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From great trials to better systems: NIHR's global health research

Professor Kara Hanson

Published: 22 November 2023

Professor Kara Hanson joined NIHR in July 2023 as the first Programme Director for Global Health Research. She is Professor of Health System Economics and Dean of the Faculty of Public Health and Policy at the London School of Hygiene & Tropical Medicine, and President-Elect of the International Health Economics Association. Here, she reflects on achievements to date, and sets out her priorities for the future.

We, as health researchers, aim to make a positive impact on the world. We develop projects that we believe will improve health outcomes and services. We hope that our research will have lasting benefits locally and can be applied in other settings globally.

Since 2016, NIHR has funded high-quality applied health research in low and middle income countries (LMICs). Our Global Health Research portfolio has funded over 700 projects in more than 100 countries.

These projects are addressing the changing global burden of disease. They are tackling a number of areas which traditional global health research funders have neglected, such as surgery, injuries, trauma, and mental health.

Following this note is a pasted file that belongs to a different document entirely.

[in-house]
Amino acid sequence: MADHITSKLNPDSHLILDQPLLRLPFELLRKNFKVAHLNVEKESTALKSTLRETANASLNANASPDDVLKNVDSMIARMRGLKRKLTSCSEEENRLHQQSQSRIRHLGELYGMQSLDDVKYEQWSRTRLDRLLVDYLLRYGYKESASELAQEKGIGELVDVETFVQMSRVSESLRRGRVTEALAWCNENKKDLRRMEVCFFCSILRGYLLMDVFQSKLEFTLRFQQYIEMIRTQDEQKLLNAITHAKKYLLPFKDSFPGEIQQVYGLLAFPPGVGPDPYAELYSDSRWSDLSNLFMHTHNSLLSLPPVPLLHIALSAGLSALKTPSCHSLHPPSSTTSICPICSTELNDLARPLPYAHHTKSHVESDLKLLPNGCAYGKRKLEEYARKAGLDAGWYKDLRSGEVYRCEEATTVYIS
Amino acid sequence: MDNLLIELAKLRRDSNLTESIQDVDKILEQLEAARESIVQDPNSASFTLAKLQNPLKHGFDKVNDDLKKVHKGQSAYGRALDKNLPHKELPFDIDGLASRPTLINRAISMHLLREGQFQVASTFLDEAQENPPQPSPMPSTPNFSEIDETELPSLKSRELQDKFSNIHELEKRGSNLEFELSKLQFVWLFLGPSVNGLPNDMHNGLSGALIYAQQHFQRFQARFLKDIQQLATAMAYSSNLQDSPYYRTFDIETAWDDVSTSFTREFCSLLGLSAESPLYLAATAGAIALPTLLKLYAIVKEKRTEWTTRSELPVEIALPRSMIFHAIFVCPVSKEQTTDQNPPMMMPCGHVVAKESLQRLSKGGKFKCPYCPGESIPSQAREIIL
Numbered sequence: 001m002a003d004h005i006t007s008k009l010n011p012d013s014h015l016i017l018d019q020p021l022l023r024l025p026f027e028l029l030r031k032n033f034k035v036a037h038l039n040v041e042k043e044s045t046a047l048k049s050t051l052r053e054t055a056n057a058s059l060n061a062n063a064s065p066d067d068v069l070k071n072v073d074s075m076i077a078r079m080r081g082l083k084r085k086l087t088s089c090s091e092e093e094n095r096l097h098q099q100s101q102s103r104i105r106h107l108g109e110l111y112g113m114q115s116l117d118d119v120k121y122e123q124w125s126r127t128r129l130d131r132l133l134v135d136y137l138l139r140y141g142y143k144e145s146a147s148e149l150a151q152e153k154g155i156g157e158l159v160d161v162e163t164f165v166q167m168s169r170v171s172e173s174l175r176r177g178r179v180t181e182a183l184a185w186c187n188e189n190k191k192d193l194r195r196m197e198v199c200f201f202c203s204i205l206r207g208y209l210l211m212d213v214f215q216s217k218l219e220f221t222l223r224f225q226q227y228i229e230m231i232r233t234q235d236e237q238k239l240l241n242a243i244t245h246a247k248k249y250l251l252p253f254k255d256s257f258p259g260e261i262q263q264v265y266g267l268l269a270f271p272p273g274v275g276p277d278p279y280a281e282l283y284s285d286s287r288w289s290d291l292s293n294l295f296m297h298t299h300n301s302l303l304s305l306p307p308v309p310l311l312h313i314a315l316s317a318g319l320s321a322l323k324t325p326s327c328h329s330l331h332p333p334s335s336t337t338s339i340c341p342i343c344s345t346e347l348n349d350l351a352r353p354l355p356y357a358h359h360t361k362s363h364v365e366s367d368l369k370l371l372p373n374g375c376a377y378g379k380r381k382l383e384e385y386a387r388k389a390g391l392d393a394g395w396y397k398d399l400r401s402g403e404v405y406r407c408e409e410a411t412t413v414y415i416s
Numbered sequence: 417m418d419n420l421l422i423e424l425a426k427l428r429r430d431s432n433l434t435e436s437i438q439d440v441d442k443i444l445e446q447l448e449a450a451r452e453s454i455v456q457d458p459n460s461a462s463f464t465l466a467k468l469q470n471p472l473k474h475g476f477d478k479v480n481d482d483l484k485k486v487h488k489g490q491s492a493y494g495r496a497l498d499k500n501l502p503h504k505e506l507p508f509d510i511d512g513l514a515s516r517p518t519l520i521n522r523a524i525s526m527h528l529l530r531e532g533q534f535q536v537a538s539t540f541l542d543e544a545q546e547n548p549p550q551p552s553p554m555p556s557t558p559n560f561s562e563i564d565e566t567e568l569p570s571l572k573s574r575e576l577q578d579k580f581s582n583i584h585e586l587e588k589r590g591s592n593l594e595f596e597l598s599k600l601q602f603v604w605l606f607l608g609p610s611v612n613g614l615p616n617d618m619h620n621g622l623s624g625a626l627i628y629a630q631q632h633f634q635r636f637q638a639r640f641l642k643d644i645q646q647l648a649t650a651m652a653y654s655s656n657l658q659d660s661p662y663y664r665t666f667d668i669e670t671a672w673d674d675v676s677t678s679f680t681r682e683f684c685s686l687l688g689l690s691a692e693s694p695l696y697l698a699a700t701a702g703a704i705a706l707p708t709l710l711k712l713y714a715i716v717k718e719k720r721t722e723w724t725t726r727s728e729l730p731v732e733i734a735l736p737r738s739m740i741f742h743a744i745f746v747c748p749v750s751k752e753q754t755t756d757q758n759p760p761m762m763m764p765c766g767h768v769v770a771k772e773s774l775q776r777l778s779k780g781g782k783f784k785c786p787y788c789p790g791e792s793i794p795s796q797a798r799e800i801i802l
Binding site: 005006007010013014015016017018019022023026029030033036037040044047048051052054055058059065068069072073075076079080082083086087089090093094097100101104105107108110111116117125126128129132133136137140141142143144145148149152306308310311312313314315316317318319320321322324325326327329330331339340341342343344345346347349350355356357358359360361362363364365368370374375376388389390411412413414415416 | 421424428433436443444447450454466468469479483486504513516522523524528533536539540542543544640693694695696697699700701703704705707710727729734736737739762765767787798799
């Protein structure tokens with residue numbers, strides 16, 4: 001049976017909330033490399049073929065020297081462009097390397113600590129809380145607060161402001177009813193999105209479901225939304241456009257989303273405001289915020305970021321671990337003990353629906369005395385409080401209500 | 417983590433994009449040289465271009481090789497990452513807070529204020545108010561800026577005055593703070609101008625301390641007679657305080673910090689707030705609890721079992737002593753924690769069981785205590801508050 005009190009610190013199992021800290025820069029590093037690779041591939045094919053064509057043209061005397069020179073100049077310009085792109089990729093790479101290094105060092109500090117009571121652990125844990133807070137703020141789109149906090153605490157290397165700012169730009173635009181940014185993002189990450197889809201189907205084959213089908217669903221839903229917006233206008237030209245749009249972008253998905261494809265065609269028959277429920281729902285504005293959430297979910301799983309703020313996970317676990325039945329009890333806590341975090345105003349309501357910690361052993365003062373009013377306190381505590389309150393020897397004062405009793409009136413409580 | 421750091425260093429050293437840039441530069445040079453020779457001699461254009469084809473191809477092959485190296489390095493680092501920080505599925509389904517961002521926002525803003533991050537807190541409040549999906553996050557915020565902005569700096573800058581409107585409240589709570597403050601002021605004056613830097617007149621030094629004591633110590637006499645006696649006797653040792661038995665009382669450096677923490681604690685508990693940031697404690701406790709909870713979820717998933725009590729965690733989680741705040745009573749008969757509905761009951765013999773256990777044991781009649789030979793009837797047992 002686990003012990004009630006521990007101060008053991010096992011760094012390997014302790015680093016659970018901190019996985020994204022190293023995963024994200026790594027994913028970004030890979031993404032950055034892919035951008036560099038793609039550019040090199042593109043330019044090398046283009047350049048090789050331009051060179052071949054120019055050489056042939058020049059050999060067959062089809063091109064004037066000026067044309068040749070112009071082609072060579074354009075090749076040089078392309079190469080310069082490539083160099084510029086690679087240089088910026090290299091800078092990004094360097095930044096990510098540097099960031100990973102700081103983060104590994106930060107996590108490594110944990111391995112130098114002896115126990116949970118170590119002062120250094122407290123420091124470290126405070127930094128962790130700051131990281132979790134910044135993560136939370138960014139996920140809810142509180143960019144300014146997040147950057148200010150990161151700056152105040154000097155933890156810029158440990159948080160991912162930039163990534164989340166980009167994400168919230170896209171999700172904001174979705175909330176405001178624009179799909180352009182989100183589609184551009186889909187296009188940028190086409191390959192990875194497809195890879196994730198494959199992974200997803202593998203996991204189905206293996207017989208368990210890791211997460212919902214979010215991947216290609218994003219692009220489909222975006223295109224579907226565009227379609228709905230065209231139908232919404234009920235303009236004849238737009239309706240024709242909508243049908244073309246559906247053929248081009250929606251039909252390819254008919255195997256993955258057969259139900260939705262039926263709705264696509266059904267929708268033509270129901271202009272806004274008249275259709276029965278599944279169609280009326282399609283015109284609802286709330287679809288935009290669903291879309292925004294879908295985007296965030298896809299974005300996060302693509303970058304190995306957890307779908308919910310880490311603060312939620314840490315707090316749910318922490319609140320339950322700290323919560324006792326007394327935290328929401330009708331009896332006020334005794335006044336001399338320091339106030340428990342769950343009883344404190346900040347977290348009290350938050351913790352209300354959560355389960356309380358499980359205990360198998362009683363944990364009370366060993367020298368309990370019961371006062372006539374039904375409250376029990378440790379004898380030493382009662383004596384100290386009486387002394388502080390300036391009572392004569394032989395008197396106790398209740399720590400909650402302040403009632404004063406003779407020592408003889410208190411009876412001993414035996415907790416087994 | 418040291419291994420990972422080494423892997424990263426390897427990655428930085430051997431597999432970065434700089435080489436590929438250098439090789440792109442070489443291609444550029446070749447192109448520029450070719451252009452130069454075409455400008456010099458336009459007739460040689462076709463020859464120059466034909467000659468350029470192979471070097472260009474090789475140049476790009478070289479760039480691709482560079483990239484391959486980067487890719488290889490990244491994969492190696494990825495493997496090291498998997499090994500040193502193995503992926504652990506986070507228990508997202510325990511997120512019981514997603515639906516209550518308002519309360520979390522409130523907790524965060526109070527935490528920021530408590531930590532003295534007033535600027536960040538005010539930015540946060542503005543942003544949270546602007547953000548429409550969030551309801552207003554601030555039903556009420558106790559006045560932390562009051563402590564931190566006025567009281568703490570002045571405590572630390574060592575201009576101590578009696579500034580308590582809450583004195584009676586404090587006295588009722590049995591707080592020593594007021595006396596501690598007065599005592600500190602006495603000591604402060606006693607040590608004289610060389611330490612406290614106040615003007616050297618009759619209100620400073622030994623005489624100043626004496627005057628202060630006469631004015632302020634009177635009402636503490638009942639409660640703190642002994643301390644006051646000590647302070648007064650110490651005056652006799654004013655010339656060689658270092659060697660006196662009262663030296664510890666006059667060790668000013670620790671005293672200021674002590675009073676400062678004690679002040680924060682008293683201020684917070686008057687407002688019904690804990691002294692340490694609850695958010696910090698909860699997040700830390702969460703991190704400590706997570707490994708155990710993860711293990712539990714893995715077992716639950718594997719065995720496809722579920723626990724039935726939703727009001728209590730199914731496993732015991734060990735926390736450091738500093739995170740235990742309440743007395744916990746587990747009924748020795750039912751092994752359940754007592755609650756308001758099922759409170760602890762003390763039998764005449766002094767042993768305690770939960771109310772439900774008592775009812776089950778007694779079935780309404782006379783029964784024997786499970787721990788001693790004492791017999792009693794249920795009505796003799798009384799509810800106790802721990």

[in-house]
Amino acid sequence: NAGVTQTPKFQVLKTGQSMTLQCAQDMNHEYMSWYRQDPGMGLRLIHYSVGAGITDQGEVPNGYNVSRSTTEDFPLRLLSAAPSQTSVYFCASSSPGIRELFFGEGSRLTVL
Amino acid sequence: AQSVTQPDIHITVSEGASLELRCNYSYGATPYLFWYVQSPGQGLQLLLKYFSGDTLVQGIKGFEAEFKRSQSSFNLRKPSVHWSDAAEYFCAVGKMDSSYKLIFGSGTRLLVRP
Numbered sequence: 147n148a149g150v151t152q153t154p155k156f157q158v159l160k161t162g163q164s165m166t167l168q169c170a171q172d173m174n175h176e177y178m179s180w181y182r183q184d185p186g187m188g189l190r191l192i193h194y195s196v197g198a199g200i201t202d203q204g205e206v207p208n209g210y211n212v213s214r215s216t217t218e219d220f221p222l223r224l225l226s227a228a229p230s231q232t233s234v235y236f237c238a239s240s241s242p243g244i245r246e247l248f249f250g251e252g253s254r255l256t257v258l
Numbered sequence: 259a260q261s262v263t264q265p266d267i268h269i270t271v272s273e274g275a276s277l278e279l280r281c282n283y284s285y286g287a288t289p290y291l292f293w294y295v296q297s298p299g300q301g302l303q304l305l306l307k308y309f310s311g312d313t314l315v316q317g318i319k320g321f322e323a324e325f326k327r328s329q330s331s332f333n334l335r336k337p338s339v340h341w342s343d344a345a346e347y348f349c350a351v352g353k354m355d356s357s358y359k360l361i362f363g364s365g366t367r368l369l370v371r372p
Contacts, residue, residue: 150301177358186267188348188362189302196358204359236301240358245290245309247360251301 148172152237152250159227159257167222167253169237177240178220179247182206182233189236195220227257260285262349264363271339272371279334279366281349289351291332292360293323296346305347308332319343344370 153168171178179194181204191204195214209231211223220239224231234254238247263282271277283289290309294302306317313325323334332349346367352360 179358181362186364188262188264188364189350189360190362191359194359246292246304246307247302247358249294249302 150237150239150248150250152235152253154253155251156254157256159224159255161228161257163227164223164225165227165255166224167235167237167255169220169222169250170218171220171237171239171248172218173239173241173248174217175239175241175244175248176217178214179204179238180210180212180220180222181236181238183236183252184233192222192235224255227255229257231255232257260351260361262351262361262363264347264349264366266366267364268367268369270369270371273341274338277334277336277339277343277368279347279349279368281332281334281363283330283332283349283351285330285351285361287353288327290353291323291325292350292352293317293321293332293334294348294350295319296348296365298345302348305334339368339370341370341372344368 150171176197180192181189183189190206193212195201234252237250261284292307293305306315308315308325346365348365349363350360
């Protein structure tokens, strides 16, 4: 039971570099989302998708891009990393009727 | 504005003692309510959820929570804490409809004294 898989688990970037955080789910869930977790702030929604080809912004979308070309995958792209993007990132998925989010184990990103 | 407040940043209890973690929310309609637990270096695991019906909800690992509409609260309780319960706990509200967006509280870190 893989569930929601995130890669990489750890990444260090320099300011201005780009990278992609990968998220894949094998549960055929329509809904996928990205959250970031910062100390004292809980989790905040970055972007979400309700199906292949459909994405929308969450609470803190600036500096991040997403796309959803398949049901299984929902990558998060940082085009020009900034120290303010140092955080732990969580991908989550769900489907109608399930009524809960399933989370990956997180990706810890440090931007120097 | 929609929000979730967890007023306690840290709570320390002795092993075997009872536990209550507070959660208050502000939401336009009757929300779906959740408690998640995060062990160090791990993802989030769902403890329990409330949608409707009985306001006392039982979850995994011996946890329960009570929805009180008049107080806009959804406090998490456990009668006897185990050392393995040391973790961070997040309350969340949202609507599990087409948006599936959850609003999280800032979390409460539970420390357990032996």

We seek to engage with health systems, and to build resilience to future global health threats. We also develop future research leaders and strengthen the global research ecosystem. To date, we have supported over 1,000 individual researchers and support staff.

Despite their diversity, our funded projects have three key foundations for success:

  1. They address the priorities of health system policymakers and managers.
  2. They engage and involve communities.
  3. They are undertaken through equitable partnerships between UK and LMIC researchers and stakeholders, ensuring that the benefits and opportunities arising from research are shared fairly.

Building pathways to impact at scale

Many of our projects are already making a difference, influencing policy and practice. One example among many is the NIHR Global Health Research Unit - CleanAir-Africa. This team works in Kenya, Cameroon and Ghana to tackle lethal household air pollution.

Smoke from dirty fuels like charcoal and dung is a major health hazard. Globally, it causes more illness and death than malaria and HIV combined. CleanAir-Africa partners with governments, NGOs and industry to assess cleaner alternatives.

The project has shown that cooking with gas improves women and children's health. This switch also has benefits for the economy and the environment. In Kenya, the team is now training several thousand health workers nationwide. It has support from the President’s office and Ministry of Health to roll out the training in communities and schools.

To achieve lasting impact, we need a multi-disciplinary approach. New interventions should not only be effective, but also affordable, acceptable, and workable. This requires input from social scientists, economists, and policy analysts.

To implement new interventions at scale, we need to collaborate with health system actors. These include local authorities, service providers, and national policy makers. Sometimes, we may need to get involved in global-level policy discussions, such as contributing to World Health Organization (WHO) guidelines. The best research anticipates this engagement, building relationships with stakeholders from the beginning.